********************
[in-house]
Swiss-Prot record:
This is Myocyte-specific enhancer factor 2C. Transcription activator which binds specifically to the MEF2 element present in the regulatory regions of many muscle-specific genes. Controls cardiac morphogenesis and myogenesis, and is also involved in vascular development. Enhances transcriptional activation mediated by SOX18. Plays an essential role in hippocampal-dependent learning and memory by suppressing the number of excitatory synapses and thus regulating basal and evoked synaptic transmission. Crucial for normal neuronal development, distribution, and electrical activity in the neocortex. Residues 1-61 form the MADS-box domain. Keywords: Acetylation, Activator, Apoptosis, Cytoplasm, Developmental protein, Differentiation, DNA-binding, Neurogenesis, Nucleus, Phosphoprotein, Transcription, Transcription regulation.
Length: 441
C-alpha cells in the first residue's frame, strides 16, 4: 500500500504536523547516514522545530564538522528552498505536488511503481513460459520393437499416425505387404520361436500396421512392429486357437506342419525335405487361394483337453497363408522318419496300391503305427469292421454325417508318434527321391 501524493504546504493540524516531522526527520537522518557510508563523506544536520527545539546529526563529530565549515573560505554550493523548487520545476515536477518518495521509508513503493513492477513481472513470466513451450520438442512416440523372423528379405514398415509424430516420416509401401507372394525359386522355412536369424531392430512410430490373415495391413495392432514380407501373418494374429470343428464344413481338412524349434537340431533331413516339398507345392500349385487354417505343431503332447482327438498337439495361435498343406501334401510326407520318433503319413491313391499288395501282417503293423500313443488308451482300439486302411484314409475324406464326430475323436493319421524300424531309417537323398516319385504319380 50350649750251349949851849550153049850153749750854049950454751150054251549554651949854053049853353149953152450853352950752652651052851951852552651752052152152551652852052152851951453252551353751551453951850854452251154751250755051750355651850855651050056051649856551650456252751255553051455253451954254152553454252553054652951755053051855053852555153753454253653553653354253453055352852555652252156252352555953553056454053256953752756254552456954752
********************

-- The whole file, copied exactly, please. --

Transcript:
[in-house]
Swiss-Prot record:
This is Myocyte-specific enhancer factor 2C. Transcription activator which binds specifically to the MEF2 element present in the regulatory regions of many muscle-specific genes. Controls cardiac morphogenesis and myogenesis, and is also involved in vascular development. Enhances transcriptional activation mediated by SOX18. Plays an essential role in hippocampal-dependent learning and memory by suppressing the number of excitatory synapses and thus regulating basal and evoked synaptic transmission. Crucial for normal neuronal development, distribution, and electrical activity in the neocortex. Residues 1-61 form the MADS-box domain. Keywords: Acetylation, Activator, Apoptosis, Cytoplasm, Developmental protein, Differentiation, DNA-binding, Neurogenesis, Nucleus, Phosphoprotein, Transcription, Transcription regulation.
Length: 441
C-alpha cells in the first residue's frame, strides 16, 4: 500500500504536523547516514522545530564538522528552498505536488511503481513460459520393437499416425505387404520361436500396421512392429486357437506342419525335405487361394483337453497363408522318419496300391503305427469292421454325417508318434527321391 501524493504546504493540524516531522526527520537522518557510508563523506544536520527545539546529526563529530565549515573560505554550493523548487520545476515536477518518495521509508513503493513492477513481472513470466513451450520438442512416440523372423528379405514398415509424430516420416509401401507372394525359386522355412536369424531392430512410430490373415495391413495392432514380407501373418494374429470343428464344413481338412524349434537340431533331413516339398507345392500349385487354417505343431503332447482327438498337439495361435498343406501334401510326407520318433503319413491313391499288395501282417503293423500313443488308451482300439486302411484314409475324406464326430475323436493319421524300424531309417537323398516319385504319380 50350649750251349949851849550153049850153749750854049950454751150054251549554651949854053049853353149953152450853352950752652651052851951852552651752052152152551652852052152851951453252551353751551453951850854452251154751250755051750355651850855651050056051649856551650456252751255553051455253451954254152553454252553054652951755053051855053852555153753454253653553653354253453055352852555652252156252352555953553056454053256953752756254552456954752